The Detroit River Story Lab’s Skiff and Schooner Program is setting sail for its second summer, this time accommodating even more students in its quest to foster connection between the river and its communities.
David Porter, faculty lead of the initiative and professor of English and comparative literature at the University of Michigan, is excited to expand the project after a successful pilot last summer.
“The story of the Detroit River is the story of the ongoing cultural, environmental and economic transformation of our region,” Porter said. “Our schooner program aboard the tall ship Inland Seas will provide over 300 Detroit-area students the opportunity to experience the river’s beauty and bounty for themselves, and to explore its many-layered connections with their own lives and the lives of their local communities.”
The initiative has 15 three-hour education sails scheduled from June 23 to July 5. Students from 15 Detroit high schools, two colleges and six youth-serving organizations will board the schooner throughout the summer to learn about various topics focused on the environmental and cultural history of the Detroit river, ranging from marine biology and wildlife restoration to the Underground Railroad.
Students will be taught by staff of the Suttons Bay Inland Seas Education Association, DNR’s Outdoor Adventure Center, U-M faculty and local experts. Between sails, the Inland Seas schooner will be docked near the lighthouse at Milliken State Park.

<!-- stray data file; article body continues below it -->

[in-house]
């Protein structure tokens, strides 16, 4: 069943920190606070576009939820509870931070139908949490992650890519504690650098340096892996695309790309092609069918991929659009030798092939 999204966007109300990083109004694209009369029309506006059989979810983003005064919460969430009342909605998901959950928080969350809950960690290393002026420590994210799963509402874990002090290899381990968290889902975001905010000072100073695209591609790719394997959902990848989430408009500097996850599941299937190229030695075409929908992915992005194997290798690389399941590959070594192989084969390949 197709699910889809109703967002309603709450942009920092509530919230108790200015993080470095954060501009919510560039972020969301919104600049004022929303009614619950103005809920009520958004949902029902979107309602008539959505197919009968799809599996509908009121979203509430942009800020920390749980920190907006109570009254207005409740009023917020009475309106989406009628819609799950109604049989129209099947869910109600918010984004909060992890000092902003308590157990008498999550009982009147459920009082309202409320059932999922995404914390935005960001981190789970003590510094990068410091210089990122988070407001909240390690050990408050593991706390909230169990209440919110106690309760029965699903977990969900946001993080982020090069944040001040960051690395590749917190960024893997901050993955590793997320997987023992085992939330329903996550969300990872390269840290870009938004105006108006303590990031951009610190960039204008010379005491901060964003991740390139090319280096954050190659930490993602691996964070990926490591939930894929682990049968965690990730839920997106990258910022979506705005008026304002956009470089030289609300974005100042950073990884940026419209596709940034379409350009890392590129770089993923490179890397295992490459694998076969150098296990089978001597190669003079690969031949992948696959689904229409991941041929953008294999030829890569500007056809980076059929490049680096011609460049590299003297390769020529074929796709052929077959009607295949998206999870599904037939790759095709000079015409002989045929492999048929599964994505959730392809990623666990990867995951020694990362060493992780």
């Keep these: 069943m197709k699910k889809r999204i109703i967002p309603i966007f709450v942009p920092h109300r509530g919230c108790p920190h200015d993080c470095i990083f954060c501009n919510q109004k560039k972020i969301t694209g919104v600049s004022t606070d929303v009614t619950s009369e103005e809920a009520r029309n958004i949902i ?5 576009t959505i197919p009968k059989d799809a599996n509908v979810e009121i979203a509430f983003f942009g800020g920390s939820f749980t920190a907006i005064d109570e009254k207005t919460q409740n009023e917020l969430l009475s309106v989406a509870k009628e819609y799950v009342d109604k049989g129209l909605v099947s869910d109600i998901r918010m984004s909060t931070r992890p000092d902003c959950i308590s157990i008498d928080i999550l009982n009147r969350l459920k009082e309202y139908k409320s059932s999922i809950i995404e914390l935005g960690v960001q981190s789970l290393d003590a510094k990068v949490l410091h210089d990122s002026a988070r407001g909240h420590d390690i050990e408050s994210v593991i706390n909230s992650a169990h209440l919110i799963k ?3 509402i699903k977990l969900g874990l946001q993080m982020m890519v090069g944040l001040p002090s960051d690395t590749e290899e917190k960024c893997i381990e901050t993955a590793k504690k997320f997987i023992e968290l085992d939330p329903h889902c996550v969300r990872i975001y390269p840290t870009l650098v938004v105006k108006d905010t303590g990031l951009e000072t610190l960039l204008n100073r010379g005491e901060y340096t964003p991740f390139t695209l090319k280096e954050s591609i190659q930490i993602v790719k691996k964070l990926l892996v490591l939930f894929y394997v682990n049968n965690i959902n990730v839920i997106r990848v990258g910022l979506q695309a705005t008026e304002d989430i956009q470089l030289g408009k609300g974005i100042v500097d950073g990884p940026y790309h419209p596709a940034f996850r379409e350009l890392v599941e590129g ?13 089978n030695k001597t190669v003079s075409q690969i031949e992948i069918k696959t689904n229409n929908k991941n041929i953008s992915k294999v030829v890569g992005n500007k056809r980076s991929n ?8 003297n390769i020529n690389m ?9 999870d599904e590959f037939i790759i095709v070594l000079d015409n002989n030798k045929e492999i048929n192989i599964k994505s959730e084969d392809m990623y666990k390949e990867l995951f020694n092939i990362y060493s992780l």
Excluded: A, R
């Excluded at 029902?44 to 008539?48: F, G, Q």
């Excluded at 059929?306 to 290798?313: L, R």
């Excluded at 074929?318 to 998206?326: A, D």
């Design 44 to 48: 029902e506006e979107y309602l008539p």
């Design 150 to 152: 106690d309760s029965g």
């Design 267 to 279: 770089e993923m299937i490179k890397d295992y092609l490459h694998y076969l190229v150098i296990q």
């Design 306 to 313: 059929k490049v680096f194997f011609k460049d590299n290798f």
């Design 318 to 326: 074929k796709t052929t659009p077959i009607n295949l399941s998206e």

The Detroit River Story Lab and the Green Door Initiative received a grant from the Community Foundation for Southeast Michigan to help fund this summer’s river-themed educational programming. Additional partners include the Charles Wright Museum, DNR’s Outdoor Adventure Center, Detroit Historical Society, Detroit River Project, Inland Seas Education Association and Riverside Marina.
While the Community Foundation’s support has enabled the Skiff and Schooner program to expand its offerings, participation this summer is limited to students in its partner organizations. Porter hopes to continue to grow the program and offer it to even more students in the years to come.